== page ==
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Gazette Premium Content Need online advice? Focus on the Family opens outreach center to help

By Stephanie Earls Updated: October 29, 2013 at 11:26 am

When it comes to dispensing reliable, constructive and compassionate advice, the Internet often ranks on a par with the Magic 8-Ball. Responses to an earnest query can be flip and even downright cruel.

"A lot of times when people post on forums they get a lot of negative feedback when it comes to their family issues," said Carrie Kintz, lead publicist for Focus on the Family. "There aren't a lot of people encouraging them to stick it out and encouraging other avenues of help."

The Colorado Springs-based ministry hopes to provide both to Internet advice-seekers worldwide through its state-of-the-art Family Help Center/Digital Outreach command center.

A grand opening was held Thursday for the sleek $143,000 space, in a glass-walled room in the main building of the nonprofit's Explorer Drive campus.

There, full-time family help specialists use powerful social media "listening" software. It crawls the Internet for relevant posts to blogs and open forums on sites such as Facebook, Twitter and CafeMom, keying off words such as marriage, family and parenting. Specialists then jump in to offer encouragement and kind words and may go on to refer posters to a staff counselor or to other faith-based Focus programs and information.

"The bottom line for us is using today's technology to do what the church has done for 2,000 years, which is help meet the needs of the hurting world," said Focus president Jim Daly, who was on campus with other board members for the unveiling. "That's what we're going to do with this room and that's what we're going to do with the technology we have today."

The Family Help Center has been at the core of Focus since the ministry's founding 35 years ago. Among other things, the center connects those in need with one of the organization's licensed Christian counselors, who offer support, prayer and referrals to other Focus resources.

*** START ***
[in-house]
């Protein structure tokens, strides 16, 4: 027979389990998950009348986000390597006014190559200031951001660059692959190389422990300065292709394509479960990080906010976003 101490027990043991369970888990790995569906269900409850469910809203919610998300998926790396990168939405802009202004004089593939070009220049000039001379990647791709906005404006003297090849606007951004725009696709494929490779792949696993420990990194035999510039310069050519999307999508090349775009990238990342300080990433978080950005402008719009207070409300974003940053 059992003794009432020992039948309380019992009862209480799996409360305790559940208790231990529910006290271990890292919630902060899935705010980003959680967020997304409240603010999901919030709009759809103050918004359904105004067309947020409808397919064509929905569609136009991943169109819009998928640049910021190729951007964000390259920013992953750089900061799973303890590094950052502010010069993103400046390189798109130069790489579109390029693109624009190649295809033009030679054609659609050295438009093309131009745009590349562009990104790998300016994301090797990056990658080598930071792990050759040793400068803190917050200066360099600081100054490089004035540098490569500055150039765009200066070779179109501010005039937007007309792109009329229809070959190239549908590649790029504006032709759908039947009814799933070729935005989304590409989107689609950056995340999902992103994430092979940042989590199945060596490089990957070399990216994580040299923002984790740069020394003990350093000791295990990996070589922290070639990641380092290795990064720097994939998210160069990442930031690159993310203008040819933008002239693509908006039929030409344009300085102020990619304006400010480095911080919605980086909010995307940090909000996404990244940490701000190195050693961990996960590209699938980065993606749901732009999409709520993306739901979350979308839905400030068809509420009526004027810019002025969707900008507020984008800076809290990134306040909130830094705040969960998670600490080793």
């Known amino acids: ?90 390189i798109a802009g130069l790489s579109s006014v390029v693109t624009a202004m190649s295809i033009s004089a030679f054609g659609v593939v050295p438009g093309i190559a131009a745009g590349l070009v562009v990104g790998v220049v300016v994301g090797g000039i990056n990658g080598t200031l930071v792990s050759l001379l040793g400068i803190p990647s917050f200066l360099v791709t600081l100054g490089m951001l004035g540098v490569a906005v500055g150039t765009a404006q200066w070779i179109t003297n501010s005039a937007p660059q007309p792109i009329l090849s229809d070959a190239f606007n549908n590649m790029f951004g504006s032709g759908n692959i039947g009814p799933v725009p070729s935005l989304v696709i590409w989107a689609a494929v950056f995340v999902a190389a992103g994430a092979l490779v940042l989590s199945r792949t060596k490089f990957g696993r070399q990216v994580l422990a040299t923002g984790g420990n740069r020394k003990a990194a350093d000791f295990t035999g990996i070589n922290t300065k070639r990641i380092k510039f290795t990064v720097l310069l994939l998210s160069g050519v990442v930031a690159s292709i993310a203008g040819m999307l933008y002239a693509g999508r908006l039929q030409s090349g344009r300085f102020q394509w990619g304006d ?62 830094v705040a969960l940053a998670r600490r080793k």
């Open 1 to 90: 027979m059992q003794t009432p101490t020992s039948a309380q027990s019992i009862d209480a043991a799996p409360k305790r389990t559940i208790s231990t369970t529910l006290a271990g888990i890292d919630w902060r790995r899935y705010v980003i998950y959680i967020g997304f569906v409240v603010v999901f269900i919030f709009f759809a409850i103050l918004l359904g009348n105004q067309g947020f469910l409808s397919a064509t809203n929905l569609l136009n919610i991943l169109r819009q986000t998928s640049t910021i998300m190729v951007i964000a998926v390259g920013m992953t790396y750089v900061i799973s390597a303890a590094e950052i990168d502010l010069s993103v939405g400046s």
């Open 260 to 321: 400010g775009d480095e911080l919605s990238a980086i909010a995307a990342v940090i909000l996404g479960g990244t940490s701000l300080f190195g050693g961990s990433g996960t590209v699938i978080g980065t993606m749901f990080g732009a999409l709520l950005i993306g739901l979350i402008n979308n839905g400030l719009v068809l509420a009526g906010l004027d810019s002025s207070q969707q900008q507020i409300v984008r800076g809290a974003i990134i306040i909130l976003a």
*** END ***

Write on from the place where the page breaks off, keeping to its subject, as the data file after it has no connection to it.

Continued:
Chief Operations Officer Ken Windebank said the new technology represents a "Gutenberg moment" in the way information is shared.

"Physical missionaries need to get on a plane and travel to a country. We can actually sit in this room and engage with people that are on open forums around the globe and bring hope and help and healing to them in their current situation," he said.

Focus staffers have been using the Web-crawling software for more than two years, said Paul Bae, vice president of digital media and strategy.

The software lets businesses listen in on what's being said about their products on the web.

"We're the only ones using this software in a nonbusiness perspective ... as digital missionaries," Bae said. "We're meeting people right where they are, listening to them so that we can provide answers and prayer and resources."

The new Focus space, Bae said, will also represent "the only social media command center in the Rocky Mountain region." The ministry plans to open the center to the community in times of crisis, he added.

When initially engaging with someone online, family help specialists may strike up a conversation with condolences or reassurance.

They won't necessarily lead with their Focus credentials.

"We don't want to just bludgeon people over the head when they're opening up about their wounds and things that are happening. We don't just ride in and say 'We're Focus on the Family, listen to what we say,'" said Jake Roberson, a family help specialist. "I'm a person just like you and I've been there, too. We've been there. We can help."

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